Popper's philosophy is usually interpreted as a fallibilist epistemology that, when applied to the social theory, serves as the foundation of the open society. It is argued here that the reverse is also true, namely that Popper's theory of knowledge has some ethical roots whose analysis provides us with a better understanding of Popper's thought.
Neopositivistic philosophers held that Popper's destructive criticism to inductive methods is wrong. The legend according to which Popper's criticism, in the final analysis, is inconsistent is greatly widespread also amongst neopositivistic Italian scholars. I argue that they are wrong, and that, in general, Popper's view about induction is true. According to Popper all scientific concepts are theoretical, for every assertion not only entails hypotheses but it is also hypothetical, that is not sure and always falsifiable. I argue that the validity (...) and the strength of Popper's criticism to induction is independent from the view according to which all scientific concepts are theoretical. (shrink)
Two views of the role of truth as an aim of inquiry are contrasted: The Peirce-Popper or messianic view of approach to the truth as an ultimate aim of inquiry and the myopic view according to which a concern to avoid error is a proximate aim common to many otherwise diverse inquiries. The messianic conception is held to be responsible for the tendency to conflate fallibilism with corrigibilism and for the consequent problems faced by Peirceans and Popperians alike in squaring (...) the alleged relevance of the fruits of scientific inquiry for practice while insisting on the corrigibility of knowledge. Myopic realism is advocated as promising escape from these difficulties. (shrink)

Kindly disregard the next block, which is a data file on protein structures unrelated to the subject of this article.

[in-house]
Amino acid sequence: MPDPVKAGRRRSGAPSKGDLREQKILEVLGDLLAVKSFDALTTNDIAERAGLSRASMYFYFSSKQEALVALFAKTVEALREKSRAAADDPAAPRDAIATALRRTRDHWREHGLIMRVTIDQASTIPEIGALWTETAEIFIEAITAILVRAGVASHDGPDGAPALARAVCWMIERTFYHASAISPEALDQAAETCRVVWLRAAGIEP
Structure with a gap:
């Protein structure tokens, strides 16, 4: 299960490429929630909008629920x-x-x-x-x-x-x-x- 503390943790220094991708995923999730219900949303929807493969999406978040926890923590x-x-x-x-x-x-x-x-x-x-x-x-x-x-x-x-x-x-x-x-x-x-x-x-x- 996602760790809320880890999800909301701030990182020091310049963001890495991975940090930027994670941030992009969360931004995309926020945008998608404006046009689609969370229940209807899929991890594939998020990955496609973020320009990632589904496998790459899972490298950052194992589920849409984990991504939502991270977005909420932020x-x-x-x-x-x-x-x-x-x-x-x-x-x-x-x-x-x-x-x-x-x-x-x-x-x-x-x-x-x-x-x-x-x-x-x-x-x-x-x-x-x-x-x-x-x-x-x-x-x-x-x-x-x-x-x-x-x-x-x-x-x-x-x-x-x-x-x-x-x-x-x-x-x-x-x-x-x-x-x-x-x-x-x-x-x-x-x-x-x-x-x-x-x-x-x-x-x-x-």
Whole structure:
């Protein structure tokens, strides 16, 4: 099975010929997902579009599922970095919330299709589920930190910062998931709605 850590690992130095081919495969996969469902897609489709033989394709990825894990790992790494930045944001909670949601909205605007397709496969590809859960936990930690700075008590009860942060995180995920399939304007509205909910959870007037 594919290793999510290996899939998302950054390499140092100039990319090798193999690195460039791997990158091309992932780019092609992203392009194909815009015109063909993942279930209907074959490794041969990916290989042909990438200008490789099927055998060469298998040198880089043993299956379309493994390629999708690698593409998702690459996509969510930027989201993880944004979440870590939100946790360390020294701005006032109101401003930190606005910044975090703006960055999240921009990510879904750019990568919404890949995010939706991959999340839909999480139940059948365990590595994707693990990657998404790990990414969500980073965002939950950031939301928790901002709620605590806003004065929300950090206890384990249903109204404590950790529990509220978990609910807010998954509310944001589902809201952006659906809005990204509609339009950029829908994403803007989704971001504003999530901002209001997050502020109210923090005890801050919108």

Popper's methodology does not entail any playing down of the various indispensible distinctions such as the distinction between knowing and guessing, the distinction between myth and science, the distinction between the observational and the theoretical, and between the vernacular and technical sublanguages or technical vocabulary. By avoiding both the totalization that led to the foundationalist position and the scepticist reactions to these frustrated foundationalist hopes, Popper's methodology makes it possible to combine fallibilism with a realist view of theories. It combines (...) the perennial willingness to re-examine positions, statements, etc. with the claim that a particular theory (as an item of knowledge in the objective sense) constitutes cognitive progress over its rivals. However, some of his formulations have been deliberately provocative and in this way have given rise to certain misgivings about possible paradoxical implications, even in philosophers congenial with Popper's approach. The concept of knowledge in the objective sense is, of course, an explicatum which Popper proposes primarily for use in methodology and epistemology. The concept is an expression of the acknowledgment of fallibility in principle. The phrasing that ‘knowledge is conjectural’ or ‘knowledge is fallible’, even when it refers to knowledge in the objective sense, is but an abbreviation for: since our methods for ascertaining the truth-value of a particular statement about empirical reality are fallible in principle, there cannot be any certain knowledge about reality. In everyday life and in politics tolerance will be possible to the extent to which the recognition of this fallibility is more than a declaration. (shrink)